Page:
Note: This is a follow-up to an earlier Thinking Out Loud post, “Teaching Kids To Communicate. It is intended to be an op-ed piece. I feel very strongly about this topic, and I am eager to hear comments.
Teaching literacy skills is fundamental to our educational system. Literacy skills are traditionally defined as reading and writing. We now teach kids to have computer literacy as well, and to some extent we extend that to math and science, though using the word literacy is more loosely attached to each of these.
Communication skills are generally not discussed in terms of literacy, although they are acknowledged as important in curriculum and educational standards. Many states, including my state of Maine, have developed a set of educational standards that include communication skills. These standards, representing skills deemed essential, are part of what we call the Learning Results and serve as guides for educating our children in today’s world.
On close inspection we discover that communication skills as defined by these standards generally mean learning to write clearly and coherently and to present reports orally. Both are important. Arts educators have broadened the definition of communication to include other forms of expression, namely visual art, music, drama, and dance, which are equally important forms of communication.
However, there is still an essential missing ingredient: interpersonal communication. While many colleges have communication departments that offer courses in this area, the art and science of interpersonal communication is not a subject in our public education system, which does not seem to recognize the fundamental importance of this type of literacy. Why are interpersonal communication skills missing from the mix?
We are in, more or less, a constant state of interpersonal communication—relating person to person around the ordinary and complex human transactions in our daily lives. Talking and listening are so natural that we take them for granted. We learn to talk and listen by cultural osmosis—we simply absorb the language in our environment through a predisposition for language in our brains. However, we also know how profoundly complex the process really is.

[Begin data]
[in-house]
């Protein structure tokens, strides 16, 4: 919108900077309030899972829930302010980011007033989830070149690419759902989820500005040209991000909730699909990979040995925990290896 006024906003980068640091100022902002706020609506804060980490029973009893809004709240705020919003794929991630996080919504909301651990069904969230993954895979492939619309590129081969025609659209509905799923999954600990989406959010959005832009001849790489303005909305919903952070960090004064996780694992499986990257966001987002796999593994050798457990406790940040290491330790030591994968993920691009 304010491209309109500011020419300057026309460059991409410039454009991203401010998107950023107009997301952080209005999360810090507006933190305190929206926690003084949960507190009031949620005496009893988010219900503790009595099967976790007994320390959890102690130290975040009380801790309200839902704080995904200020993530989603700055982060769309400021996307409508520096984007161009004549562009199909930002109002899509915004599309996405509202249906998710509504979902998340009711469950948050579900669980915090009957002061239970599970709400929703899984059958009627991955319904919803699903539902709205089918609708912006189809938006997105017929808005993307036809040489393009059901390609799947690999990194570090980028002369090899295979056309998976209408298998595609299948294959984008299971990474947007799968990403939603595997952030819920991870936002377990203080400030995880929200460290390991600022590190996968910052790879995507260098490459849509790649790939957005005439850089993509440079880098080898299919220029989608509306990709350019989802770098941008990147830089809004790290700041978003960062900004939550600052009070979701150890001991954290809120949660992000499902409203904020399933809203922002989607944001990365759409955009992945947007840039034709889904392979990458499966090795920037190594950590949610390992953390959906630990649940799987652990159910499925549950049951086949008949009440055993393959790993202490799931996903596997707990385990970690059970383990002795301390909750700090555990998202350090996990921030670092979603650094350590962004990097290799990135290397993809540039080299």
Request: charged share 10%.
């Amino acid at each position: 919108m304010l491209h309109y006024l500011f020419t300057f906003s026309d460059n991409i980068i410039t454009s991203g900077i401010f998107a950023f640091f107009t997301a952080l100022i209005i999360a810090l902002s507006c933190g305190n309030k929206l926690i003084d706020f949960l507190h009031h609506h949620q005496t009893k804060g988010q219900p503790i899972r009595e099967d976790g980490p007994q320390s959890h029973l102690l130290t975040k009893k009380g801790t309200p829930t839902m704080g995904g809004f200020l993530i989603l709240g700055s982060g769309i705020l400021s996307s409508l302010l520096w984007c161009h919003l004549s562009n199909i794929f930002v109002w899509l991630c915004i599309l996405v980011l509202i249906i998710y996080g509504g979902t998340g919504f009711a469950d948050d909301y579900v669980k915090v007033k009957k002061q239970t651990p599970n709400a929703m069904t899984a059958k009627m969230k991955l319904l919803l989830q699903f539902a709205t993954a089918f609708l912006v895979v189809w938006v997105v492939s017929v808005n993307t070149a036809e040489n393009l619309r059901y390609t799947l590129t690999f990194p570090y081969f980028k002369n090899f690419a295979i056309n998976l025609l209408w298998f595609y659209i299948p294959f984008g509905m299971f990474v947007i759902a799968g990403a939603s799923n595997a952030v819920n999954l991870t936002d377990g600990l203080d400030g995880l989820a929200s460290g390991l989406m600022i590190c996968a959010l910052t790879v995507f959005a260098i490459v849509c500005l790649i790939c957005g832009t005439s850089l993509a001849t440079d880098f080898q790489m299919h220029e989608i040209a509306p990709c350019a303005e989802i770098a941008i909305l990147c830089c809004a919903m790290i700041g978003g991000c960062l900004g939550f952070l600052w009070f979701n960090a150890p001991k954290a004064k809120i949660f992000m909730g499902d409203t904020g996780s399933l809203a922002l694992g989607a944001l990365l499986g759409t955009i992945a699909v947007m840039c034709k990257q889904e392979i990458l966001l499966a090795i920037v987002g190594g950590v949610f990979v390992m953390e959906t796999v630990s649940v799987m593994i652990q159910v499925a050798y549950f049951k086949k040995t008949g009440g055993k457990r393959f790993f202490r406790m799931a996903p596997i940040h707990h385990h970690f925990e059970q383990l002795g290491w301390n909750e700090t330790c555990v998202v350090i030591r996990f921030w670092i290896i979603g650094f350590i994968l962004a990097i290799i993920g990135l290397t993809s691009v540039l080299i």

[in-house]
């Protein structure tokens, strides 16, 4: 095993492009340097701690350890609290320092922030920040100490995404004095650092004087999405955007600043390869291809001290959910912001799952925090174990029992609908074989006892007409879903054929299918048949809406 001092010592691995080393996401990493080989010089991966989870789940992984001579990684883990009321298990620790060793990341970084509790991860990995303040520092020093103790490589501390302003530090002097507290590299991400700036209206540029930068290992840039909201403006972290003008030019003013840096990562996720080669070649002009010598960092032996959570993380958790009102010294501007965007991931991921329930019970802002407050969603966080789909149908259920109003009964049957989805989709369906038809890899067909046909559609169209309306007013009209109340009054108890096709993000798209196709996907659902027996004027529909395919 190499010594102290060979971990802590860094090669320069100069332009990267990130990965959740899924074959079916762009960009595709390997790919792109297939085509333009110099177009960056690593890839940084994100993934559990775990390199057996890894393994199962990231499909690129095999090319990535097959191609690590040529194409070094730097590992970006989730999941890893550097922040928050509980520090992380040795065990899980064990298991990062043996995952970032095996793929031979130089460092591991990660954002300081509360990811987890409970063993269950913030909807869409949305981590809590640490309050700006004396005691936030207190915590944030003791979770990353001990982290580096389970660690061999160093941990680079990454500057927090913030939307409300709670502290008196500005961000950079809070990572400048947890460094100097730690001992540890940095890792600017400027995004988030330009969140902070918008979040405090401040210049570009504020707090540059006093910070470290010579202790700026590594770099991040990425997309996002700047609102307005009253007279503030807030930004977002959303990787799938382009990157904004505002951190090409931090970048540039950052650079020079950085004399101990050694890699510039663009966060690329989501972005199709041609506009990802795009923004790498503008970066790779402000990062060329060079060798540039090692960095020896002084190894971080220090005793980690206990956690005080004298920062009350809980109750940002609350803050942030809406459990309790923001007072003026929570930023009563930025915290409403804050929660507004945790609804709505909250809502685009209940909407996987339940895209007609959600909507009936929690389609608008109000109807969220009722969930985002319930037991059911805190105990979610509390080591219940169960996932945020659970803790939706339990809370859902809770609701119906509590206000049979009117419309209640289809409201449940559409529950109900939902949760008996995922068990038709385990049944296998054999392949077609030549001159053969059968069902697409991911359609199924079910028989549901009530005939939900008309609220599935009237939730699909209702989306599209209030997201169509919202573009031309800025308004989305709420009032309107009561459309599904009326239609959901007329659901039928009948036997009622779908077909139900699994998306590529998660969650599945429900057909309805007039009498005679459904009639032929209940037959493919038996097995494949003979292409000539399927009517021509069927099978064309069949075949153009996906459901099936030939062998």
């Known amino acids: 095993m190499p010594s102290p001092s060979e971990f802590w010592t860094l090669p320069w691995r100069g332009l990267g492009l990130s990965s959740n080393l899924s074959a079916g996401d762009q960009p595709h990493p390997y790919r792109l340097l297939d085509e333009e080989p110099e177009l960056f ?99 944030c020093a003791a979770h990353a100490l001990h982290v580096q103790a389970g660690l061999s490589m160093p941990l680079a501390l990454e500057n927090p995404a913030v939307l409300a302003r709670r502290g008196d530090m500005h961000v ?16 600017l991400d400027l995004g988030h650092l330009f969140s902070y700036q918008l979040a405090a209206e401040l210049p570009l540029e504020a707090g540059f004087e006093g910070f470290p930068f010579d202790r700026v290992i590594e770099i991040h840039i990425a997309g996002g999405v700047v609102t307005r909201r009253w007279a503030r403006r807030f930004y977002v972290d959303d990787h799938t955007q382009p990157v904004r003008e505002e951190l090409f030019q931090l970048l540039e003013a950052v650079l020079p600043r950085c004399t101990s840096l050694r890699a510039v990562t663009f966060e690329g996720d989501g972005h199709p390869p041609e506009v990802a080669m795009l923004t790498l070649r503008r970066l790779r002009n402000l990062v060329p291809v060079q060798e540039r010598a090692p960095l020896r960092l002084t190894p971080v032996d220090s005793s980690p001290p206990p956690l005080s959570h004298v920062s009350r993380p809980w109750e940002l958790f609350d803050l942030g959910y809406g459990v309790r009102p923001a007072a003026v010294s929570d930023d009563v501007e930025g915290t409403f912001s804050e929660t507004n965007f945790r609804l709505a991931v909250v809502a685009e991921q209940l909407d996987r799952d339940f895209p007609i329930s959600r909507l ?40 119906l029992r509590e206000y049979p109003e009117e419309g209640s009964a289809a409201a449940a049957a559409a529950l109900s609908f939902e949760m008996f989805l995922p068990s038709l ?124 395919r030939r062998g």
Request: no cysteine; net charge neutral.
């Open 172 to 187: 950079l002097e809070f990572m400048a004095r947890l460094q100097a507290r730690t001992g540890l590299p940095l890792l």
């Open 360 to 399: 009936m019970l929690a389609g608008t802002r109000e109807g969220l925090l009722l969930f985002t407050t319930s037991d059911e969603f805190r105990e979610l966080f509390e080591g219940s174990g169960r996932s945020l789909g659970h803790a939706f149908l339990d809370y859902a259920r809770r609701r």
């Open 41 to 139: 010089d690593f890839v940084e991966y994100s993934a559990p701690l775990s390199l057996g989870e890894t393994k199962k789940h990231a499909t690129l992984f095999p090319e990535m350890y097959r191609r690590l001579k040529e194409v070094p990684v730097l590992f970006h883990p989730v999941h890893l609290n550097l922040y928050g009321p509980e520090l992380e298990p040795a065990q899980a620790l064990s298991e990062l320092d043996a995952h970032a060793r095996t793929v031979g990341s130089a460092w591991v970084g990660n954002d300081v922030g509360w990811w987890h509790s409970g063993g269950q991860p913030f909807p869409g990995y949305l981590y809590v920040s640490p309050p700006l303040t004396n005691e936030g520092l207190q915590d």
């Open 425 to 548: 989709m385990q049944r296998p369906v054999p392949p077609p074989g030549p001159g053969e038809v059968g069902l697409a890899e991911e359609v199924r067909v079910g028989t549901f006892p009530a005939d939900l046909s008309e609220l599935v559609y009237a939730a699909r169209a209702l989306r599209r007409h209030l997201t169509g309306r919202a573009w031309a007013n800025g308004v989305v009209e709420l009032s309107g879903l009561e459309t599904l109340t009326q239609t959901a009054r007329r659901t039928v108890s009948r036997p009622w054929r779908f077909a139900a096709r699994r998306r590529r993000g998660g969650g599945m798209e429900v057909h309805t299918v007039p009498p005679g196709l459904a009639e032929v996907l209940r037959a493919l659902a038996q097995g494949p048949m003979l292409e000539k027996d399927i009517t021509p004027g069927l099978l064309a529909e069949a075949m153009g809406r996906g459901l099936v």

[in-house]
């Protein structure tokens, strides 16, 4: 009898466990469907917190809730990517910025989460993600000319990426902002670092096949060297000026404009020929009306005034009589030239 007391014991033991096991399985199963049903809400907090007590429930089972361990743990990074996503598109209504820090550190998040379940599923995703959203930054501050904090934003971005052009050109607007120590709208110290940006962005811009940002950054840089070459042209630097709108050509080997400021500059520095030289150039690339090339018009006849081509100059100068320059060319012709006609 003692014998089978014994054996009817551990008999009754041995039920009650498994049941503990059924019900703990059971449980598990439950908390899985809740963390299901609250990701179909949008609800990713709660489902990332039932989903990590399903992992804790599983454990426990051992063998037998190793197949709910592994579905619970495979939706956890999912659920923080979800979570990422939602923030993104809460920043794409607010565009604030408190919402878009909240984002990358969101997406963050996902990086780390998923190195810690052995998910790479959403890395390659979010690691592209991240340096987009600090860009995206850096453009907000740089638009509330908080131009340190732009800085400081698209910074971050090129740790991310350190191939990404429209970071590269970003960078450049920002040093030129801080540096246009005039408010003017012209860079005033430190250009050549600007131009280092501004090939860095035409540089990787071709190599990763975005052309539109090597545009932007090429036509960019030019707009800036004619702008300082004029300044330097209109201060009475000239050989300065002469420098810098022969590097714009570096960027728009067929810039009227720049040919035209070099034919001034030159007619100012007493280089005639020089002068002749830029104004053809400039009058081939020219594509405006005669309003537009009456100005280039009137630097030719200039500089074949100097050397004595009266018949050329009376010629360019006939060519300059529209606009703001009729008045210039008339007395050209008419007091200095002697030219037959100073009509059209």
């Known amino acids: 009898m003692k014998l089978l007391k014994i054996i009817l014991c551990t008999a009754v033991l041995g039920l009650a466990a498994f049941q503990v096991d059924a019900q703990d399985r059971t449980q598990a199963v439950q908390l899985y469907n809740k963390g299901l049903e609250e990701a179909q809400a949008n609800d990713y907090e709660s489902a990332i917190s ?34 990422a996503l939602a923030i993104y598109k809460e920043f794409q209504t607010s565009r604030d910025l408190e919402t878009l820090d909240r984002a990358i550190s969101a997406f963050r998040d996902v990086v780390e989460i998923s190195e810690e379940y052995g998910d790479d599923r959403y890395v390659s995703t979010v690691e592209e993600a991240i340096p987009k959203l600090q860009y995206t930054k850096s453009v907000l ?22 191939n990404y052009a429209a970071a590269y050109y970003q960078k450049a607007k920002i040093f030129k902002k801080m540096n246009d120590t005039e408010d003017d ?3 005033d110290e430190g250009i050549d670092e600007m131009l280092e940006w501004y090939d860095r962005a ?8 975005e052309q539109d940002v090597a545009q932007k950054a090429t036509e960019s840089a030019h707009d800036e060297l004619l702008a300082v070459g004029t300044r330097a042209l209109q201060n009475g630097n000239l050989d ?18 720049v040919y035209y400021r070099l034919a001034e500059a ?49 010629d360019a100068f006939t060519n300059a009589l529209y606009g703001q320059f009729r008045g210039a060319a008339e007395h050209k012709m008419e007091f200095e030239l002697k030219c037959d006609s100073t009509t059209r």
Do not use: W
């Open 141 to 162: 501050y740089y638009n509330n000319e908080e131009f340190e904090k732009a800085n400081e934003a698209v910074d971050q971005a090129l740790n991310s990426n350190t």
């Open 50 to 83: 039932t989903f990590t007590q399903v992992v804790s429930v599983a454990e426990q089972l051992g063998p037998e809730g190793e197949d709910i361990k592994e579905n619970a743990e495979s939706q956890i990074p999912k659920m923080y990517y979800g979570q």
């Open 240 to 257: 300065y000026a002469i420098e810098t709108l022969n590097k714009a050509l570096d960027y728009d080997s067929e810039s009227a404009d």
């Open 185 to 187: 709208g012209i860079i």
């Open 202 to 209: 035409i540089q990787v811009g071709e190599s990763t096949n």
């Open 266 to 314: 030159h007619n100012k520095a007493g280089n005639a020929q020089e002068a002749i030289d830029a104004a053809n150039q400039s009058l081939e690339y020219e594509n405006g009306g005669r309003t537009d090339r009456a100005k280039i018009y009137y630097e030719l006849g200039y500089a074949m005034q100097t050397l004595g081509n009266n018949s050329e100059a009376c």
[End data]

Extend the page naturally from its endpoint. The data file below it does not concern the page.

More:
Learning effective interpersonal communication skills is not about having a broad vocabulary or solid grasp of grammar. Both are helpful but not essential for achieving understanding between individuals. I grew up with people speaking what is commonly called broken English. That’s an old- fashioned term when English is a second language. In spite of this limitation, many people in this category are very effective communicators because interpersonal communication is a complex, multi-dimensional process involving words, feelings, gestures, images and much more.
I believe it is imperative that we take the issue of interpersonal communication more seriously as it is the life blood of human relationships. We are social, relational beings. We require effective interpersonal communication to transact the business of our daily lives at work and at home, to nurture our children, and to develop emotional intimacy in our most personal relationships. All these areas are vastly improved with more knowledge about ourselves and more skill in listening, observing, organizing thoughts, accounting for emotion, developing rapport, and using words effectively.
Should interpersonal communication be taught as a discreet subject or should it be infused into virtually every subject? What are the core competencies we would expect? How would we go about teaching something so ordinary? Many questions need exploring if we take this issue seriously. It is a false argument to question whether effective interpersonal communication is more important than effective written communication. But right now writing skills are getting far greater attention in our education system.
So let’s, yet again, broaden our definition of developing literacy and communication skills to include interpersonal communication. There really is no question about how important a matter this is.